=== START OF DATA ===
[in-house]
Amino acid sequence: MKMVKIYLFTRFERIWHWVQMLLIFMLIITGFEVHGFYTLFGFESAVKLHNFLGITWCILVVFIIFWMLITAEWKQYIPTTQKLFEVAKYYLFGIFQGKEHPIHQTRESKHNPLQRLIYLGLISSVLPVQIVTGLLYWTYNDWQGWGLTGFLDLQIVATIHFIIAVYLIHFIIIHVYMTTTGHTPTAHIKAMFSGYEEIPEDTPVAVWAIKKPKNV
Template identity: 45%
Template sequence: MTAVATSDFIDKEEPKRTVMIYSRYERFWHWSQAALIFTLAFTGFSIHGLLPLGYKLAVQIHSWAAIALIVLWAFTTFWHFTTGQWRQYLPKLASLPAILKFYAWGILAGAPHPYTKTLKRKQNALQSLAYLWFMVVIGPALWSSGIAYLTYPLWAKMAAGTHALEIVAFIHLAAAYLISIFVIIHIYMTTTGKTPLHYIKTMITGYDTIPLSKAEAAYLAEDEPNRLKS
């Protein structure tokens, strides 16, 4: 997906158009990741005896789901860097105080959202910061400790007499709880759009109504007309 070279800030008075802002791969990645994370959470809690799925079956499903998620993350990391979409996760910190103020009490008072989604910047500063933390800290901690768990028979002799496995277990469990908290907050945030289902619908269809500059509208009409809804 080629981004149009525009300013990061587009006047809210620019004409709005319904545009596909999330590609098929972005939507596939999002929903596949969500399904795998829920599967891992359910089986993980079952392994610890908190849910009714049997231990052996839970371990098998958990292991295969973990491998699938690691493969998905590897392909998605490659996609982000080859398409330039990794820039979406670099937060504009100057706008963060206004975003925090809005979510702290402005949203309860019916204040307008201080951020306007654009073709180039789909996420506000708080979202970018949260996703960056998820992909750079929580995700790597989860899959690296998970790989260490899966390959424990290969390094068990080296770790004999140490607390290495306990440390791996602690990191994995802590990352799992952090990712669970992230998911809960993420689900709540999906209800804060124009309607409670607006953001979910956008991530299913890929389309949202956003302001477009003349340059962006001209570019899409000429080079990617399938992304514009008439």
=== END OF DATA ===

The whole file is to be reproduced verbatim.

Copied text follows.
[in-house]
Amino acid sequence: MKMVKIYLFTRFERIWHWVQMLLIFMLIITGFEVHGFYTLFGFESAVKLHNFLGITWCILVVFIIFWMLITAEWKQYIPTTQKLFEVAKYYLFGIFQGKEHPIHQTRESKHNPLQRLIYLGLISSVLPVQIVTGLLYWTYNDWQGWGLTGFLDLQIVATIHFIIAVYLIHFIIIHVYMTTTGHTPTAHIKAMFSGYEEIPEDTPVAVWAIKKPKNV
Template identity: 45%
Template sequence: MTAVATSDFIDKEEPKRTVMIYSRYERFWHWSQAALIFTLAFTGFSIHGLLPLGYKLAVQIHSWAAIALIVLWAFTTFWHFTTGQWRQYLPKLASLPAILKFYAWGILAGAPHPYTKTLKRKQNALQSLAYLWFMVVIGPALWSSGIAYLTYPLWAKMAAGTHALEIVAFIHLAAAYLISIFVIIHIYMTTTGKTPLHYIKTMITGYDTIPLSKAEAAYLAEDEPNRLKS
């Protein structure tokens, strides 16, 4: 997906158009990741005896789901860097105080959202910061400790007499709880759009109504007309 070279800030008075802002791969990645994370959470809690799925079956499903998620993350990391979409996760910190103020009490008072989604910047500063933390800290901690768990028979002799496995277990469990908290907050945030289902619908269809500059509208009409809804 080629981004149009525009300013990061587009006047809210620019004409709005319904545009596909999330590609098929972005939507596939999002929903596949969500399904795998829920599967891992359910089986993980079952392994610890908190849910009714049997231990052996839970371990098998958990292991295969973990491998699938690691493969998905590897392909998605490659996609982000080859398409330039990794820039979406670099937060504009100057706008963060206004975003925090809005979510702290402005949203309860019916204040307008201080951020306007654009073709180039789909996420506000708080979202970018949260996703960056998820992909750079929580995700790597989860899959690296998970790989260490899966390959424990290969390094068990080296770790004999140490607390290495306990440390791996602690990191994995802590990352799992952090990712669970992230998911809960993420689900709540999906209800804060124009309607409670607006953001979910956008991530299913890929389309949202956003302001477009003349340059962006001209570019899409000429080079990617399938992304514009008439």